I got my own assessment from my almost six year old on Monday morning when I dropped her at school. At my ex's suggestion (who I still have a strained relationship with) I go into the classroom and look at the work she has done so far this year. I looked at her drawings of her family, no Dad.... Her house, No Dad.... I gotta say that did hurt but what can you say to a six year old? You just smile and tell her it's a beautiful drawing and watch her smile back at the recognition. In her eyes I'm just the Daddy she stays with every second week. Although I have 'shared care' of my kids I get no say at the moment as to where they're schooled, how they're vaccinated (or not in this case) and I have no idea who their regular doctor is....

      Hopefully one day soon I can go for proper shared care, a week with me a week with their Mum but I know that's when things will probably get bitter again and we'll end up back in court because my Child Support would drop drastically and she'd have to get a job...

      The system needs help but I'm not sure a magistrate directly involving the kids is the answer when they often don't listen to fathers to begin with.....

      Commenter
      3Gorgeouskids
      Location
      Perth
      Date and time
      May 29, 2012, 10:21AM
      • In my own case, my "councelling" by the court social worker consisted of being berated for 20 minutes for being a greedy dropkick who only wanted custody to avoid paying child support.

        At the end he (yes he was male) finished with a comment to the effect of "The court would only intervene if there was an immediate and compelling reason to for the welfare of the children and that is not the case here. I am recommending that your application for a family report be dismissed".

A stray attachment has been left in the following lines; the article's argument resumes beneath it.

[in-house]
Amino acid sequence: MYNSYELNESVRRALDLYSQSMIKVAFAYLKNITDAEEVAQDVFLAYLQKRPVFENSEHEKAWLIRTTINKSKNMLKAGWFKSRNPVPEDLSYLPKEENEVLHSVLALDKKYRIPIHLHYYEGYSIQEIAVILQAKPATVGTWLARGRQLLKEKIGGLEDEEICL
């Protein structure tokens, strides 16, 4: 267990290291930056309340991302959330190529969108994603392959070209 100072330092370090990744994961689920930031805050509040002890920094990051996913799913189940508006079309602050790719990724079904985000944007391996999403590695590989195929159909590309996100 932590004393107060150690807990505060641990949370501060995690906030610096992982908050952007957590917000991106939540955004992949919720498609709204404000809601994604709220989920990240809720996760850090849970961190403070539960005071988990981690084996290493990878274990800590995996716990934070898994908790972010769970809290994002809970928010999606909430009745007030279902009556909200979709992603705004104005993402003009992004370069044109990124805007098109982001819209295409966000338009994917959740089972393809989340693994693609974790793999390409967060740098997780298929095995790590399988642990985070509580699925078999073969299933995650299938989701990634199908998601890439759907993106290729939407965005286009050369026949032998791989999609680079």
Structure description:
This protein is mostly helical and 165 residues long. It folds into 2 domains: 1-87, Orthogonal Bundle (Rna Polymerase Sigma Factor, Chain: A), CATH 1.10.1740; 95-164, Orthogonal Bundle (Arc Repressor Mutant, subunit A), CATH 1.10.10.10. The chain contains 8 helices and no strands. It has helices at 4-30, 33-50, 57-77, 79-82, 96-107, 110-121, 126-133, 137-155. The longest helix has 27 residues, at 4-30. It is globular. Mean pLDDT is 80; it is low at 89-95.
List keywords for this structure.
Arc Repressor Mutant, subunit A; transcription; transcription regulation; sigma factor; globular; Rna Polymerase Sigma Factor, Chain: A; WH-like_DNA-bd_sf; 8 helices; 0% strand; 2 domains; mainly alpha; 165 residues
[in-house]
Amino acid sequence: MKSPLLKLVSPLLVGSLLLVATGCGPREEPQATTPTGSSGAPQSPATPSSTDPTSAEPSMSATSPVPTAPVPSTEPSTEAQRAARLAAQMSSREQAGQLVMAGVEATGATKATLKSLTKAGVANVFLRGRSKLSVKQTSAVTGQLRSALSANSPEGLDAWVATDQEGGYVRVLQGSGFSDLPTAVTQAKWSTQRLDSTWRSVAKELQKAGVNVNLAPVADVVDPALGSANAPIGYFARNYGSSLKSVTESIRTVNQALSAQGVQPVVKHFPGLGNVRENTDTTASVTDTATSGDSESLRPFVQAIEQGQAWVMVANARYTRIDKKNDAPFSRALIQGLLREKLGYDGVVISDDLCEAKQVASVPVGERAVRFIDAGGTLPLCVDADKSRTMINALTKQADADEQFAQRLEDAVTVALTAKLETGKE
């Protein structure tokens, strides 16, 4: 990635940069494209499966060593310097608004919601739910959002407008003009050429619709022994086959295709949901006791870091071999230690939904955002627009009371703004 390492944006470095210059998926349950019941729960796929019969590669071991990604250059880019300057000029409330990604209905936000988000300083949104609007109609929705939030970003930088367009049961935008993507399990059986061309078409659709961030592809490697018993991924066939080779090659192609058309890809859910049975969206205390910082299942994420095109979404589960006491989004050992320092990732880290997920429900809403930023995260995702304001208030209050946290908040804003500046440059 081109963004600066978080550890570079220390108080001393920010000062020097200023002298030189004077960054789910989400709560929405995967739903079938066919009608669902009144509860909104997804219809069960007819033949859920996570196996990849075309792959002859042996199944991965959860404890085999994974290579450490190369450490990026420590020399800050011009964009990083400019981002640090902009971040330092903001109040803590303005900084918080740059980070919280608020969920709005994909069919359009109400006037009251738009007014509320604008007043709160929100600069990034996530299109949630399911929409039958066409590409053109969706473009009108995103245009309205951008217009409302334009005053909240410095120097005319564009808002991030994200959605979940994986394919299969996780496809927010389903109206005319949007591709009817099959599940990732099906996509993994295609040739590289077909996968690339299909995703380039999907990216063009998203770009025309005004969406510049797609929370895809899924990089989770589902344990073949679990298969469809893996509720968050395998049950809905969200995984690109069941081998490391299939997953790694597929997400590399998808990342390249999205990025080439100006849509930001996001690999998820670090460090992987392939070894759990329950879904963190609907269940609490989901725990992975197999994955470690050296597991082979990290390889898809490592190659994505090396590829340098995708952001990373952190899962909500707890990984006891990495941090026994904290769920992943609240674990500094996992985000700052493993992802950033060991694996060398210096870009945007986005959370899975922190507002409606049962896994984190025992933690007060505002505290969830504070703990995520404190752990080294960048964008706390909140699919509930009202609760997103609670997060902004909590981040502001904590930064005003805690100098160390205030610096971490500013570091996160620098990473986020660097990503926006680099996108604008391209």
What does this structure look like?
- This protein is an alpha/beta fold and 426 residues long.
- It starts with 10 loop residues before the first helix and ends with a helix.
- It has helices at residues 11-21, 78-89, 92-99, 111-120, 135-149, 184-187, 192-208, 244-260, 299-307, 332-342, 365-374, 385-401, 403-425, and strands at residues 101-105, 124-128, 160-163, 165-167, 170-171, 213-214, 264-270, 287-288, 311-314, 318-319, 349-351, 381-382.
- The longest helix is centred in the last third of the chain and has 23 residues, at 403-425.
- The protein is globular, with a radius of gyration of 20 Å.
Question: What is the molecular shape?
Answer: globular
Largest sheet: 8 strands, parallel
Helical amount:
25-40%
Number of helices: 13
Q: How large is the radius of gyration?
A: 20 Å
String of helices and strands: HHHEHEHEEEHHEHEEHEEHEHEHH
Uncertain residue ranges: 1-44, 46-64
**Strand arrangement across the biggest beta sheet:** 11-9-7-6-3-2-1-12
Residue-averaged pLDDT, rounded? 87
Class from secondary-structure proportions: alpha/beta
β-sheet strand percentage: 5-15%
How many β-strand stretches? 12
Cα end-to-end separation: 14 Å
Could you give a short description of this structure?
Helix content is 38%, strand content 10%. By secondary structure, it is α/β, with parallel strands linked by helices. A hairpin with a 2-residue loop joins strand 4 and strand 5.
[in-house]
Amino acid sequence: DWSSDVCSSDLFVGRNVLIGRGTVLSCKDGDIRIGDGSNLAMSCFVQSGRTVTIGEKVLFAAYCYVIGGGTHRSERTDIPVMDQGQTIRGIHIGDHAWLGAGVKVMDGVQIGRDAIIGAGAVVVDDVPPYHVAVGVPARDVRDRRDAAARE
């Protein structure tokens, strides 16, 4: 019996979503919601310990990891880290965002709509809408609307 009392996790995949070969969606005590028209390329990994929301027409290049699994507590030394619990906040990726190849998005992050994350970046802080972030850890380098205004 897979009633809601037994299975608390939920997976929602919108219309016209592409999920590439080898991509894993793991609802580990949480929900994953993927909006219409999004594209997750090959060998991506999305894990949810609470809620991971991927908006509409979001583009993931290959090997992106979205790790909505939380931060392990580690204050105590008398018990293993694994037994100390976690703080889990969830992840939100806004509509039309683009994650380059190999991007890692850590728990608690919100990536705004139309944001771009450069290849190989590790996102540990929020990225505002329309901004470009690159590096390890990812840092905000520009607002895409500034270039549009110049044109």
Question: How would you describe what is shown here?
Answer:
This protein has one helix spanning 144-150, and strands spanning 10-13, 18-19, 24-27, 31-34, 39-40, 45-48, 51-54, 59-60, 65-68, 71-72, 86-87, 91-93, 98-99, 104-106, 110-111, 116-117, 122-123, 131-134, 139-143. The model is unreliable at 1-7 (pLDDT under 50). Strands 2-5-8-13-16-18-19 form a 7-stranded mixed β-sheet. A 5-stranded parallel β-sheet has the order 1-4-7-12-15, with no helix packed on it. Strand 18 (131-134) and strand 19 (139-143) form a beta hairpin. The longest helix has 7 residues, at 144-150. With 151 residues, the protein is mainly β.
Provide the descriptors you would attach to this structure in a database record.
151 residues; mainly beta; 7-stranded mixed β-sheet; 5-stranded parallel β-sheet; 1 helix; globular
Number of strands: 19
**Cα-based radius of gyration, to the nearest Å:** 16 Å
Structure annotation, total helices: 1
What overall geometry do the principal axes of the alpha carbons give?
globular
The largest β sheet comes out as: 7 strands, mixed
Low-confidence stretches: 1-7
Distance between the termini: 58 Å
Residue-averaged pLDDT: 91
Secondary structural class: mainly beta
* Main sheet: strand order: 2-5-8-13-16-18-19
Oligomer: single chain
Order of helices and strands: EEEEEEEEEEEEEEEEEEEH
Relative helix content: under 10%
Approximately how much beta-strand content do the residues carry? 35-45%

Between gritted teeth, barely holding my temper in check I replied "Would the fact that my two year old daughter was found walking alone on a major road just 3 days ago by a passing motorist who thankfully stopped and finding no adult anywhere around took her with her to the school. That the school recognised her but was unable to contact her mother and was forced to have the principal deliver her to the emergency contact in his private car, that when the mother was eventually finally contacted she was still not aware that she was missing, would THAT be a welfare issue?
        He replied that my wife had not mentioned any of this. I replied, "like she would".

        When we fronted the Registrar he oredered the report at the end of the hearing. When it was tabled, he ordered the children moved to my custody by 4pm of the same day.

        The sad thing is, had it not been for this one foruitous event, my application to get the report written would have been dismissed out of hand for the simple and only reason that I was male.

        Commenter
        Goresh
        Location
        Brisbane
        Date and time
        May 29, 2012, 1:43PM